posted by Sammy on .
A surveyor wishes to find the height of a mountain. He selects points A and B on level ground along the same line of sight to the mountain. He measures the distance AB to be 1503 m and the angles of elevation of the top of the mountain from the points to be 16.9° from A and 22.3° from B.
a) Calculate the distance to the top of the mountain from point B.
The triangle that A and B and their angles of elevation makes, I called triangle ABC; I calculated C's angle to be 180°-16.9°-22.3°=140.8°... I feel like this is where I went wrong, is it incorrect to do this? I probably visualised it incorrectly again or something..
Anyway, my solution, using sine law:
b/sin22.3° = 1503/140.8°
b = 1503sin22.3°/140.8°
b = 4
The answer should be 6060m. So I'm clearly doing something completely wrong here.
Sorry, a) should say, "calculate the distance to the top of the mountain from point A," not point B.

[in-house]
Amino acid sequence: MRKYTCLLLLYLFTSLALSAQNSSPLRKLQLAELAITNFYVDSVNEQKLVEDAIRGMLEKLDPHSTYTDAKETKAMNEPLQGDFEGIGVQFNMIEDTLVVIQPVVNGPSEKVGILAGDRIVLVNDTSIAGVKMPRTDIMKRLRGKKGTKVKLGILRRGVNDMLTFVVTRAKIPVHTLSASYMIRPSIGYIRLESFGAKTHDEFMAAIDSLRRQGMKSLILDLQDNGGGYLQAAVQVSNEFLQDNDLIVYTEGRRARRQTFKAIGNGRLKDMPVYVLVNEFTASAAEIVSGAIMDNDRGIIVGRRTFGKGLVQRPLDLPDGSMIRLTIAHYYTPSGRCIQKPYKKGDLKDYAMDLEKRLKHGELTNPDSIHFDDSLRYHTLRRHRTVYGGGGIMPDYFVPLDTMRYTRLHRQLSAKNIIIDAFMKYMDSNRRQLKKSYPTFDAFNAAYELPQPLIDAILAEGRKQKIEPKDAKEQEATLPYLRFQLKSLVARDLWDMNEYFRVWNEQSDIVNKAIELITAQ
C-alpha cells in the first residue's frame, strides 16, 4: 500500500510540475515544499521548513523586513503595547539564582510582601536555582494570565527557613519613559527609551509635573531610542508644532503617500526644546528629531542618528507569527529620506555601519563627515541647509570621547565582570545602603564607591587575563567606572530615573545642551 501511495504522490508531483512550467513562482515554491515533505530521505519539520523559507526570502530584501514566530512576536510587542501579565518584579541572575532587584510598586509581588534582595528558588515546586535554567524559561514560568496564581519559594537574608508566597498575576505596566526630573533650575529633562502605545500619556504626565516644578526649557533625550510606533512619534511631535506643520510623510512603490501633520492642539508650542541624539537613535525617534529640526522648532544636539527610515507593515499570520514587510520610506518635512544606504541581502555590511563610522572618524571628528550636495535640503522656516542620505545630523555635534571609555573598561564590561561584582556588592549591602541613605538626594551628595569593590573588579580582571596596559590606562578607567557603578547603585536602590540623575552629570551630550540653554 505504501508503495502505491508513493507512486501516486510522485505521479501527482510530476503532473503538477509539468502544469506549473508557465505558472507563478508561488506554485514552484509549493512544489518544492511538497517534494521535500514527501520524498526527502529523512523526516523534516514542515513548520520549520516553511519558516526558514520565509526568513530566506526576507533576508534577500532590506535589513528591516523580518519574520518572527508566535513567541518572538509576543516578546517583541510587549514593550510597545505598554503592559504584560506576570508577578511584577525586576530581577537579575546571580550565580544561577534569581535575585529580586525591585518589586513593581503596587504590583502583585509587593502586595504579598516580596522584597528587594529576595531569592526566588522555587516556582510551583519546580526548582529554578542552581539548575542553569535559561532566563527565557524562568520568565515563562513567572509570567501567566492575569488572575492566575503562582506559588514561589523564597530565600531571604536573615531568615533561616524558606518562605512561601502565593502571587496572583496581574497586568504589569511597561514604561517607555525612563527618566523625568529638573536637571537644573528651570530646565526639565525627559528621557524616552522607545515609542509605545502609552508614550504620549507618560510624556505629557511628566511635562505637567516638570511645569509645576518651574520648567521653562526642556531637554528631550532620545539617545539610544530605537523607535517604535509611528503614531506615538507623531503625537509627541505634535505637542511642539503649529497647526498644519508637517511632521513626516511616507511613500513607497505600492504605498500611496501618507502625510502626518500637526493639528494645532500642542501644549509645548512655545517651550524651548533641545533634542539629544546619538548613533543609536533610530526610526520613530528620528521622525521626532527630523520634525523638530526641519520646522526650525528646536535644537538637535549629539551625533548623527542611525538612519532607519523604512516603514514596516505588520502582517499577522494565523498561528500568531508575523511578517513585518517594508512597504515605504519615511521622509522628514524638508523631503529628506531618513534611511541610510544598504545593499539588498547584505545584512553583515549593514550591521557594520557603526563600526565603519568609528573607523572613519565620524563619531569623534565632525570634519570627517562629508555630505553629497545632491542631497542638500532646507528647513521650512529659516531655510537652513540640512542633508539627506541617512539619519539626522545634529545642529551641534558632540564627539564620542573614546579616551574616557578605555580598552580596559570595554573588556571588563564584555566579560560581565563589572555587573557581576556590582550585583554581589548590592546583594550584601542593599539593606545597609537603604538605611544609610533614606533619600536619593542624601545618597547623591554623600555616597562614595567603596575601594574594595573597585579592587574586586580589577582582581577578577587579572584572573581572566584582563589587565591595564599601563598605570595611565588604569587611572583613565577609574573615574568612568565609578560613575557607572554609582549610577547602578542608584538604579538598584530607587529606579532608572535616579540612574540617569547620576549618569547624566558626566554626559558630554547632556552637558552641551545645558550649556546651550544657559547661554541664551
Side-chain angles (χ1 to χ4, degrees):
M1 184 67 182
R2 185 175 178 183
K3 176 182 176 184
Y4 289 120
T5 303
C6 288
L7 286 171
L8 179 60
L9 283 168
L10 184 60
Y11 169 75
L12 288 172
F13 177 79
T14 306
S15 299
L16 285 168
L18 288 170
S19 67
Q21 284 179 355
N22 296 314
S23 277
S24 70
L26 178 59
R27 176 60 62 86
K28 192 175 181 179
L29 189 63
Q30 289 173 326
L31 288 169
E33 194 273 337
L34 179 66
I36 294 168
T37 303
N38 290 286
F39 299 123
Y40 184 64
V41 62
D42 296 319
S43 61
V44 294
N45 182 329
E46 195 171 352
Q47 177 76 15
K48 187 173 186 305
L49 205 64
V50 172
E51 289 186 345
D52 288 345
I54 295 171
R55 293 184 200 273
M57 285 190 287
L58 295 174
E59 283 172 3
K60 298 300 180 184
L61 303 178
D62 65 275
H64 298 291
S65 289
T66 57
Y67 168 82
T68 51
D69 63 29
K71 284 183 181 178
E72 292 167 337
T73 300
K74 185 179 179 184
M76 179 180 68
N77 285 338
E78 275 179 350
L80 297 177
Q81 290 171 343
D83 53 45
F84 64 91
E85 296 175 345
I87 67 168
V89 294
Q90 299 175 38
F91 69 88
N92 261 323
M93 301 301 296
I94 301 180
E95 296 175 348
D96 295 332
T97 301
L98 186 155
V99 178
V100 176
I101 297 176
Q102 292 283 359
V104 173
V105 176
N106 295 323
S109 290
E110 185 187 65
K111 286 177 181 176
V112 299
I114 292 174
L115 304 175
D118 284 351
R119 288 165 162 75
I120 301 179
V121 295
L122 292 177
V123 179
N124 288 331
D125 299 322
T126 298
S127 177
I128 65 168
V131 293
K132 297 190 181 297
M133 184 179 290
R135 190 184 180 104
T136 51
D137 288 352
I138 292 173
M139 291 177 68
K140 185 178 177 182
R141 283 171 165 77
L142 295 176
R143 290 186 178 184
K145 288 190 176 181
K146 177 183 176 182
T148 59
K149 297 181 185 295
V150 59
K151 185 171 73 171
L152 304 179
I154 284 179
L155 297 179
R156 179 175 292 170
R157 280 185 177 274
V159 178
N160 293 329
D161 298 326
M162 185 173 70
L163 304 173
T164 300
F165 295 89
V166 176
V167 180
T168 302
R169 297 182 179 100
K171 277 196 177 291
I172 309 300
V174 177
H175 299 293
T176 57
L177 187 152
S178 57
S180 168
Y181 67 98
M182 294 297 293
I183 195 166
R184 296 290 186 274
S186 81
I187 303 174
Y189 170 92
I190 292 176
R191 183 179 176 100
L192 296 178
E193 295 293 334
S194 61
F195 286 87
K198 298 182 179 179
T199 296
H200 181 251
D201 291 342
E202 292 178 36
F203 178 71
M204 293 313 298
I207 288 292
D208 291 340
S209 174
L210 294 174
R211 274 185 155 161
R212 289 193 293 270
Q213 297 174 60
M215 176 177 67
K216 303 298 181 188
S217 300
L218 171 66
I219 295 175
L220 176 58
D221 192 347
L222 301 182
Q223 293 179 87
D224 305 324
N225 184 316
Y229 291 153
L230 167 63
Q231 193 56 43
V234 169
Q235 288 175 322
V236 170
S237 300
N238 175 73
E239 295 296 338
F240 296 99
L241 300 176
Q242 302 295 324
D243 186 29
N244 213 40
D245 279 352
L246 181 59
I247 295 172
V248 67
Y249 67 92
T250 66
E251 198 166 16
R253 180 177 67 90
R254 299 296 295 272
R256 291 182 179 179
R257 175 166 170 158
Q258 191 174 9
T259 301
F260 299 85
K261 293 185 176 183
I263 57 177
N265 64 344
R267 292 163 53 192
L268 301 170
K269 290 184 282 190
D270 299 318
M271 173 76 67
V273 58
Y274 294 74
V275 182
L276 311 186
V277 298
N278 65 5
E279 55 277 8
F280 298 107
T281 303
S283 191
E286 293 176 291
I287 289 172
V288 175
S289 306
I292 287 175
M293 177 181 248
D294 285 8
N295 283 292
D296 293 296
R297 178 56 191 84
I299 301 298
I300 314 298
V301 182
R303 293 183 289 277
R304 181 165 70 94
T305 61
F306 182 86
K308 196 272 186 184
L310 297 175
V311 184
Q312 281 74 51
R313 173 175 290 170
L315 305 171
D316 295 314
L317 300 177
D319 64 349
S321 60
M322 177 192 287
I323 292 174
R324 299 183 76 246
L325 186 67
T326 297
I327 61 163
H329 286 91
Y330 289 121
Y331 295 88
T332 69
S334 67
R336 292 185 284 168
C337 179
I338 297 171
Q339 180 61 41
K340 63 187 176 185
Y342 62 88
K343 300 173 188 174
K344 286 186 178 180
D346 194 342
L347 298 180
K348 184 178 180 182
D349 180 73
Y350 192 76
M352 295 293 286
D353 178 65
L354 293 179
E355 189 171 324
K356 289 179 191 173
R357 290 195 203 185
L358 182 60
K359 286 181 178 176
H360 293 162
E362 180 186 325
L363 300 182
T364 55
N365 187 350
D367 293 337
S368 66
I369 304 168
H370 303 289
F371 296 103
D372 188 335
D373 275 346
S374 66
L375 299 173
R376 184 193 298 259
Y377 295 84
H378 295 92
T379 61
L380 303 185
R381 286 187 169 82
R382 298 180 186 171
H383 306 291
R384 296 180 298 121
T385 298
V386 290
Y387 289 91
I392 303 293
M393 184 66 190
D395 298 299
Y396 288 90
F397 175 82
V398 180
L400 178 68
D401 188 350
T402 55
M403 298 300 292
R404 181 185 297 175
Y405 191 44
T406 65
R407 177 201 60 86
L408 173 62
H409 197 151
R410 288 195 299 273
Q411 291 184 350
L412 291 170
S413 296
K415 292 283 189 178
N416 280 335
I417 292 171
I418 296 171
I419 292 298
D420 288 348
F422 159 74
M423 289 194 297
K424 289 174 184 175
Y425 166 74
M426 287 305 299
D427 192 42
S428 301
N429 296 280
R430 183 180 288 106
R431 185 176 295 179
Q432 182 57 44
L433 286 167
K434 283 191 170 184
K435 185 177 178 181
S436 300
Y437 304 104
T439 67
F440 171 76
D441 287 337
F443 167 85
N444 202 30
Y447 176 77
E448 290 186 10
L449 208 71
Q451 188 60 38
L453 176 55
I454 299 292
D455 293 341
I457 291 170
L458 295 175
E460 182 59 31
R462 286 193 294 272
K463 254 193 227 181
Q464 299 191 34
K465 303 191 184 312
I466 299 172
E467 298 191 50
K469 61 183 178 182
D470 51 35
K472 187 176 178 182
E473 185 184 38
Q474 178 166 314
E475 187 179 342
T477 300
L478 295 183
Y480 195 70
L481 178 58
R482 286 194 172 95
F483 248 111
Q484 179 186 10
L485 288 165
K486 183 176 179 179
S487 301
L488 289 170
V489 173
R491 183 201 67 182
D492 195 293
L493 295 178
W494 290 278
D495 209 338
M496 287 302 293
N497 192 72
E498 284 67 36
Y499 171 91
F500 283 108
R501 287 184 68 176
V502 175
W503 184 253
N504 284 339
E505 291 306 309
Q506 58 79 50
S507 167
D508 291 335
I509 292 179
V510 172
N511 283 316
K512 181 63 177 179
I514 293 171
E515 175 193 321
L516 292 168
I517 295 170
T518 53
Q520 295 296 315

if the angle of elevation at B is 22.3° then angle B in your triangle ABC is its supplement: 157.7°.
b = 1503 sin157.7° / sin5.4° = 6060
But in the triangle I was thinking of/the one I drew, the mountain is inside triangle ABC...? I don't really understand why I would have to take the supplementary angle of 22.3; I'm not disagreeing with you, I can see that you're right, I just don't understand how and I want to understand for future reference.
Hmmm. What is C? I used C for the top of the mountain. What other point is of interest?